the one-day method

Best for ages 20 months+

advertisement
The One-Day Method

This method was introduced by two psychologists, Dr. Nathan Azrin and Dr. Richard Foxx, in the early 1970s. Lately--and notably--a variation of the method has been popularized by Dr. Phil McGraw. This is sometimes referred to as the "modeling approach" to potty training.
advertisement
This method is based on the notion that children learn by example and by seeing that actions have consequences.
advertisement
On the day of potty training, the parent and child spend several hours completely focused on the training with no distractions and no conversations outside of talking about using the potty.
advertisement
The child is given a doll that drinks and wets, and is also given a potty chair. The parent spends time talking with and directing the child as the child feeds the doll its bottle, helps the doll off with its underwear, and sits the doll on the potty.
advertisement
While playing, the child sees how the doll uses the potty and begins to understand that the consequence of eating and drinking is the need to go to the potty.
advertisement
The actions with the doll are repeated several times so the child begins to understand the steps necessary to keep dry and to use the potty like a "big kid."
advertisement
Dr. Phil suggests giving the doll a "potty party" to celebrate the doll's potty-training success, thus providing motivation. Another motivation could be a phone call from a superhero.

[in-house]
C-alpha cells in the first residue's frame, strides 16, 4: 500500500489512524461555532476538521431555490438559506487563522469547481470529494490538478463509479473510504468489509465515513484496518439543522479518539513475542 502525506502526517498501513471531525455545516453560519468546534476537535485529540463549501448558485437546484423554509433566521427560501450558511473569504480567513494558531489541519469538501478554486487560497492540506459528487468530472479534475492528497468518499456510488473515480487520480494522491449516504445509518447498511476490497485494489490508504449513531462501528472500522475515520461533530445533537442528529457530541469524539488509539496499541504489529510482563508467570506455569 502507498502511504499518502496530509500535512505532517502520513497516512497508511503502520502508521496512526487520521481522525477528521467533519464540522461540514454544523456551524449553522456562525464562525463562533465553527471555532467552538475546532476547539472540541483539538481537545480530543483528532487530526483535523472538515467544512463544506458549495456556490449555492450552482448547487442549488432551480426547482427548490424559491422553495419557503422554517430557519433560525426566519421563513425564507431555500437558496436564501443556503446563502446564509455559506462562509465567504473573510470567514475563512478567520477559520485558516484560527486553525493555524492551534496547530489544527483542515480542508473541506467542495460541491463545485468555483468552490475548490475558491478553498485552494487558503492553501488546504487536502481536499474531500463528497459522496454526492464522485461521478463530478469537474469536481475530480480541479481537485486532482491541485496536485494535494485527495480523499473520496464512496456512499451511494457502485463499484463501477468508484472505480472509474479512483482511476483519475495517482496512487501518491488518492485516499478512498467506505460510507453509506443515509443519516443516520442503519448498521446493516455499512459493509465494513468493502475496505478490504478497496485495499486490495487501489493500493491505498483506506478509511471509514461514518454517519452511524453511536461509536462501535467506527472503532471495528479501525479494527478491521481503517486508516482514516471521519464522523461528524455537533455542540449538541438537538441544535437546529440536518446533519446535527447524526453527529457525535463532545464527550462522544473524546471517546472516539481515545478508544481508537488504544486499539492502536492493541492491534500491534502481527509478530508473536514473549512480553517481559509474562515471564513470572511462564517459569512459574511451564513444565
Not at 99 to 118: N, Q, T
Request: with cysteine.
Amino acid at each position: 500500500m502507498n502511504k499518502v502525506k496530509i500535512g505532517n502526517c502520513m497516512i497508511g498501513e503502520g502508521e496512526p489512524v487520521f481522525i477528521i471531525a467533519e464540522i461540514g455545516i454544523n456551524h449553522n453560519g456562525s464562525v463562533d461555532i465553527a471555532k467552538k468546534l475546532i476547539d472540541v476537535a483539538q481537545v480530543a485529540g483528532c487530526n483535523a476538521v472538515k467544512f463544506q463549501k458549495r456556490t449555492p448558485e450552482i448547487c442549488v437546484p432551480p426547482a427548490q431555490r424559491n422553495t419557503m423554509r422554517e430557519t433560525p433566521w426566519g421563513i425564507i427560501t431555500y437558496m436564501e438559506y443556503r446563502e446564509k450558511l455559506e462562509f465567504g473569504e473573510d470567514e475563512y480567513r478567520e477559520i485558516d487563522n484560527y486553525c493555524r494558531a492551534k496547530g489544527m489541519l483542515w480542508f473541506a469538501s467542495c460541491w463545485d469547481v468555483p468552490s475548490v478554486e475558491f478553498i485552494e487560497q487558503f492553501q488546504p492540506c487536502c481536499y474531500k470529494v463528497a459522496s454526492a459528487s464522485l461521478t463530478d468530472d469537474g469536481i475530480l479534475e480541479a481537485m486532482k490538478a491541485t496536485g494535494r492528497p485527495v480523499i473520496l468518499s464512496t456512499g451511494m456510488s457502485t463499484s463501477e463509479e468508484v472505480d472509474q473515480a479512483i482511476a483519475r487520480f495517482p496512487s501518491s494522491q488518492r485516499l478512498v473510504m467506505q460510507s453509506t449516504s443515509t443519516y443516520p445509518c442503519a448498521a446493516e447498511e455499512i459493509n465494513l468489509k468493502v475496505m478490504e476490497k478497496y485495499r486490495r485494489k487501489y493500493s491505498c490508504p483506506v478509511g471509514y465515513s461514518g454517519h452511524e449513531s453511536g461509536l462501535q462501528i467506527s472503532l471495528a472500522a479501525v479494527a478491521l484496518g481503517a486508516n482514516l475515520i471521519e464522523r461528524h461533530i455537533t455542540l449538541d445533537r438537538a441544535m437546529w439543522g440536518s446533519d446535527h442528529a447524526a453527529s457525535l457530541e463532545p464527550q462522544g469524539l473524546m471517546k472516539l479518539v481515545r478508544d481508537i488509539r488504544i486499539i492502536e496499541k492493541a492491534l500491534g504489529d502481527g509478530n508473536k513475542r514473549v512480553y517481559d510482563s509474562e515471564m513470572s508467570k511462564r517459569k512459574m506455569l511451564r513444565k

advertisement
During this time, the child is usually given plenty of fluids, to make using the potty more likely. Dr. Azrin and Dr. Foxx advise offering small treats as rewards for the doll and later for the child.
advertisement
Other steps include having the child empty the potty chair each time the doll uses it, flushing the toilet, and replacing the potty container to the chair.
advertisement
After the doll has mastered using the potty, parents can then move on to having the child raise and lower his or her underwear and sit on the potty. The steps are repeated numerous times, with the child praised at every step.
advertisement
If the child has an accident, the parent tells the child it is time to practice, and the child goes to the potty ten times. Dr. Azrin and Dr. Foxx suggest making these "Positive Practice Trials" into a sort of race. Dr. Phil points out that the repetition helps build muscle memory.
advertisement
For more, read Toilet Training in Less Than a Day, by Nathan H. Azrin, Ph.D. and Richard M. Foxx, Ph.D., or see Dr. Phil's online column.
advertisement
Important Disclaimer: The information provided in this NickJr.com health service area is for educational purposes only and is not intended to be a substitute for professional medical advice, diagnosis, or treatment. You should not use this information to diagnose or treat any health problems or illnesses without consulting your pediatrician or family doctor. Please consult a doctor with any questions or concerns you may have regarding your or your child's condition. NickJr.com does not recommend or endorse any specific tests, products, procedures, opinions, or other information that may be provided by sponsors or any other third parties. Please also see Terms of Use.
nick jr. video